South African software company ready for the Worst Or the Best
Software developer UCS is working with two budgets for the coming year: one for business as usual and one housing contingency plans on how to react if the economic turmoil inflicts greater damage than expected.
UCS has already lost a couple of contracts because customers are cutting back on spending, and that might well continue, said CEO John Bright. UCS develops software for the retail industry, and retailers have had a tough time as consumers come under financial pressure.
"The main pain we took was in the first half of the year, where a consulting business which had grown rapidly over the last three years suddenly dried up," Bright said. "We had a look at the business model and tried to reduce fixed overheads. It had a better second half but didn't make up the leeway. The contingency plan was drawn up after examining where the business may be most at risk," Bright said. Nothing too radical was expected.
Despite tough trading conditions, the group showed respectable growth for the year to September 30, with revenue of R1.2bn, up 14.5% from R1bn a year ago. A dividend of 5c a share was declared.
But net profit fell 35% from R166m to R107m and headline earnings per share dipped from 34,7c to 31,9c. Bright said the dip was largely caused by changes in structure last year when UCS spun off a division and gained a once-off profit.
Headline earnings per share were also down because of increased tax expenses and because 7-million new shares were issued for acquisitions and for employee incentives.
Progress was made on developing a value-added services unit by acquiring 51% of 4Life Program for R1.5m and 70% of Computer Software Consultants. Internationally, it acquired Aquitec to give its software division a footprint in the UK and the US, since it can use its lower South African development costs to create international retail solutions.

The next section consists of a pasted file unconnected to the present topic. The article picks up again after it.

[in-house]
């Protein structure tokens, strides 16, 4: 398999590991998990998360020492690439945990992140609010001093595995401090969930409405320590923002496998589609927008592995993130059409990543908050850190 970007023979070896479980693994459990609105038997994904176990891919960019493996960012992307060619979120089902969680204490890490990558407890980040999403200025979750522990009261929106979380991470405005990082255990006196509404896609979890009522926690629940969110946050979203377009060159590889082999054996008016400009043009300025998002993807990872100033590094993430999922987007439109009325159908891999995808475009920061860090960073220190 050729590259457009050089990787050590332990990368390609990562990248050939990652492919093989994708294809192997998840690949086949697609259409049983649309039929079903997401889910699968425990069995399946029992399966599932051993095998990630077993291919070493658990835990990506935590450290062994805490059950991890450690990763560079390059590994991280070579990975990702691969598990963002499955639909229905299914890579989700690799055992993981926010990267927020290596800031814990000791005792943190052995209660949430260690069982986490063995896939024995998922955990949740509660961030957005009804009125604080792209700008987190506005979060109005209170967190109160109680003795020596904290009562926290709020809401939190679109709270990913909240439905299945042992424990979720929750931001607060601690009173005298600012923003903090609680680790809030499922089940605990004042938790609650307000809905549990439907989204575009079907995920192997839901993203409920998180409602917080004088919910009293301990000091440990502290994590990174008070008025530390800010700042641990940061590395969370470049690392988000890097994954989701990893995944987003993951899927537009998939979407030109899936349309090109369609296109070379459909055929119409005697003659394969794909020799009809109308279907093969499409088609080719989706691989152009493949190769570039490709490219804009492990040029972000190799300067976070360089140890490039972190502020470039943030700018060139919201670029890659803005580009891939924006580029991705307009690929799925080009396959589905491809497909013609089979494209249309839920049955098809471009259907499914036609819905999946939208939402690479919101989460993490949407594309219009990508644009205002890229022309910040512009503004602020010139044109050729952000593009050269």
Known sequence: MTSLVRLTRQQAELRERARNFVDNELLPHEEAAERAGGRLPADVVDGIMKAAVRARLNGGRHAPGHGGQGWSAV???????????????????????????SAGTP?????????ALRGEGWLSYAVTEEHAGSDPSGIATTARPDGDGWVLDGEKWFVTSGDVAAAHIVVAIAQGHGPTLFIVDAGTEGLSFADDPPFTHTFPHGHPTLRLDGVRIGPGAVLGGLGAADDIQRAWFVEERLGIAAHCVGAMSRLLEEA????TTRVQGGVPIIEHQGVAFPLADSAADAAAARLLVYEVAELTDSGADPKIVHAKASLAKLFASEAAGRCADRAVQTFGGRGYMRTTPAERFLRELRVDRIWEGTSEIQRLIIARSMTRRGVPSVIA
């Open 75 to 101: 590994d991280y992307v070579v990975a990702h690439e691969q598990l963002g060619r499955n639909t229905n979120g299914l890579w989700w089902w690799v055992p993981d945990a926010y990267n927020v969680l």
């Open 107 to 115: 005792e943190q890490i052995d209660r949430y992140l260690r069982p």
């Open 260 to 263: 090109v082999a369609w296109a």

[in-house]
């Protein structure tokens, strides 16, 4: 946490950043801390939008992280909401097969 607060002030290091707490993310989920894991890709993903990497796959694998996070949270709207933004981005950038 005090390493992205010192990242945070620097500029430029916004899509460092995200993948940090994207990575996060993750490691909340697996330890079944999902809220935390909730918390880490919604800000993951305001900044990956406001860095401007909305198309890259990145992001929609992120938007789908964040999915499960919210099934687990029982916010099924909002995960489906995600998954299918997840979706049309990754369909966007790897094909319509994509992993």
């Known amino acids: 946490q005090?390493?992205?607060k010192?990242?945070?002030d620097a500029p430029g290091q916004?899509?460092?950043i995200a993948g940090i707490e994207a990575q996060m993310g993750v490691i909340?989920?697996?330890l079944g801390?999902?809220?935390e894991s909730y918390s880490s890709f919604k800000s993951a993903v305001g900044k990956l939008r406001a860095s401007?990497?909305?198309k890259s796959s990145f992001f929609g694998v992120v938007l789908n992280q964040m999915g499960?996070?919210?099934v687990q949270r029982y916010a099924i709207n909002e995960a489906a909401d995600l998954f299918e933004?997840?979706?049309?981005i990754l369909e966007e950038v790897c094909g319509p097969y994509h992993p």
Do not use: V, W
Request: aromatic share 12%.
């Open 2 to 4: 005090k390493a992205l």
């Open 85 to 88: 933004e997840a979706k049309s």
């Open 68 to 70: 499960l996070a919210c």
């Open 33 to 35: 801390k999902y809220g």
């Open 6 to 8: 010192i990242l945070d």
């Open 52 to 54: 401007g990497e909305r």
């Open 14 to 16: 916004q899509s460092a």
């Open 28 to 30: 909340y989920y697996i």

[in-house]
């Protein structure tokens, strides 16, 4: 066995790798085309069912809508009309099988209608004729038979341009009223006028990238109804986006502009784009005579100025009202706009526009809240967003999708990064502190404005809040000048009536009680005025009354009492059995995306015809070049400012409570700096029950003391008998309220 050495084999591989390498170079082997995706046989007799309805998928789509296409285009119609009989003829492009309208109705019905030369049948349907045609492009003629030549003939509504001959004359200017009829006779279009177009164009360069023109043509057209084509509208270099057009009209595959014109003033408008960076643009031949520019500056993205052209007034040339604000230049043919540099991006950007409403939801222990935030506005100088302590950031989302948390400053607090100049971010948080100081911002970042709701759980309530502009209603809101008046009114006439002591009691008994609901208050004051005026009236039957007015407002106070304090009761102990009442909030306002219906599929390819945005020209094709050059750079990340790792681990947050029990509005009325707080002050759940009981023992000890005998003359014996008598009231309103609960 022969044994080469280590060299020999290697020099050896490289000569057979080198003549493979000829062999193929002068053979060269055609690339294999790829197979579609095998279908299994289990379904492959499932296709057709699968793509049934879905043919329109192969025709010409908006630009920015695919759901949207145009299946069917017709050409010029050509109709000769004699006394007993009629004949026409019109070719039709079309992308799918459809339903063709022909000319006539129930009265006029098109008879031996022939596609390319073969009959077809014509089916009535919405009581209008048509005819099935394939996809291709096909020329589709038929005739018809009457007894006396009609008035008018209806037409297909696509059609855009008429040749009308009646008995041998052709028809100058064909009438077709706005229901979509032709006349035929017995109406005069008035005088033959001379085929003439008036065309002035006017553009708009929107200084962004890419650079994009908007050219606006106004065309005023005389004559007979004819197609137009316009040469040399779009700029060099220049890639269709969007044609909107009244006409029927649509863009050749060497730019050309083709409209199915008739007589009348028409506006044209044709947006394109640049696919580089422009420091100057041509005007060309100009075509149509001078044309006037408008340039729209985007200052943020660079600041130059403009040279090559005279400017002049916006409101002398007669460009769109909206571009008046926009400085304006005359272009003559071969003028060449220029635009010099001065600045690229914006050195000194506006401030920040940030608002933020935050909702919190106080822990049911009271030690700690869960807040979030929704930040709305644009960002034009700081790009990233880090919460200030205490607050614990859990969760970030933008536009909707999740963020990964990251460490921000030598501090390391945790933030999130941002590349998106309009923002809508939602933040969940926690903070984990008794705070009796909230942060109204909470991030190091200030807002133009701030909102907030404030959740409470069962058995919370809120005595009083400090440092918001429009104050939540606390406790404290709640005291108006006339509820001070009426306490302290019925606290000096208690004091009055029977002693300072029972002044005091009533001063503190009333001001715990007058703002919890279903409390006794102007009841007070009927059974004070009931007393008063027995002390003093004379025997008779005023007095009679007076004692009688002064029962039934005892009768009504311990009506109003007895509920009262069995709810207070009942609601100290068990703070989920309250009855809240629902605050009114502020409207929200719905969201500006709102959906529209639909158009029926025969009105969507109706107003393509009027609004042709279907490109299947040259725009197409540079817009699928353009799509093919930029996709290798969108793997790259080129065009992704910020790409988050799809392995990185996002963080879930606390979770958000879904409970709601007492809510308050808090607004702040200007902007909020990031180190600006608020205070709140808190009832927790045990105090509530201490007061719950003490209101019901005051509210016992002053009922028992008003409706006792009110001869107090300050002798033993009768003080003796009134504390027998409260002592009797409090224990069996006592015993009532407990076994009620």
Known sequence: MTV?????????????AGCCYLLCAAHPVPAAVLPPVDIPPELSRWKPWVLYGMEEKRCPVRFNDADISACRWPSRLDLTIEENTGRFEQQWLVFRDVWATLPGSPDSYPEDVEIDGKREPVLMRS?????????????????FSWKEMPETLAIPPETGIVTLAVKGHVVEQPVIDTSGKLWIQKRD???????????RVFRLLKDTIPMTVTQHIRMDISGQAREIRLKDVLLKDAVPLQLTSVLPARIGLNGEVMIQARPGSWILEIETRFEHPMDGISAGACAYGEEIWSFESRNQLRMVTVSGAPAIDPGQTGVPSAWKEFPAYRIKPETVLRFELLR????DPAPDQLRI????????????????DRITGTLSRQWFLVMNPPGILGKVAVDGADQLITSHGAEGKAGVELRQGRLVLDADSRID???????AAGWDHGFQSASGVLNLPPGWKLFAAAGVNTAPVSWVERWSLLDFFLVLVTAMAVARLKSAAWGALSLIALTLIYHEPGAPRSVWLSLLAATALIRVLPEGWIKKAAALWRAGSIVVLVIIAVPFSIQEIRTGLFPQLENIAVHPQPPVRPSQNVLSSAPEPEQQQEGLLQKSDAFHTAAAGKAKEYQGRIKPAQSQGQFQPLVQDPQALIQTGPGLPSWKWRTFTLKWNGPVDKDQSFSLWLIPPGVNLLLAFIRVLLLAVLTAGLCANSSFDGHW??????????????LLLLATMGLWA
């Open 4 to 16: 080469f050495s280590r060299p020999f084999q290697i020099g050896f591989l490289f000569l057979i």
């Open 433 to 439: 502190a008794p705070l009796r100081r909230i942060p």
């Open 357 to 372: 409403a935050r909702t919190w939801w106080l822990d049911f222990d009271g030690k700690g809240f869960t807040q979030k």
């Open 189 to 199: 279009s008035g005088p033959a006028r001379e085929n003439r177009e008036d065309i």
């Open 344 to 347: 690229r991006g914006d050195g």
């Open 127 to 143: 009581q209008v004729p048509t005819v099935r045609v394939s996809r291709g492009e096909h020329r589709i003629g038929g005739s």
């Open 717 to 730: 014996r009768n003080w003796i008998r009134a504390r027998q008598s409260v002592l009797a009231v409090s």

The global financial crisis had an extremely negative influence on its sales, but a senior executive had been appointed to grow its international retail software offerings. The group also started a new business in Philadelphia to target the mid-tier US market, and the division has won its first order.
Most of its trading units achieved results in line with expectations, although some missed their targets due to the poor external market conditions.
Its software division grew its revenue 26.1% to R475m, but its solutions business suffered as some large retail consulting projects were postponed or cancelled, pushing its earnings down from R126m to R120m.
Bright said those results were acceptable, with the software division showing solid revenue growth and achieving an improvement in its profit margins.
More than 80% of the group's turnover comes from selling its own products and services rather than selling third party products, and more than 60% of its turnover is monthly and annual annuity revenue, creating predictable cash flows at a time when new sales may be scarce.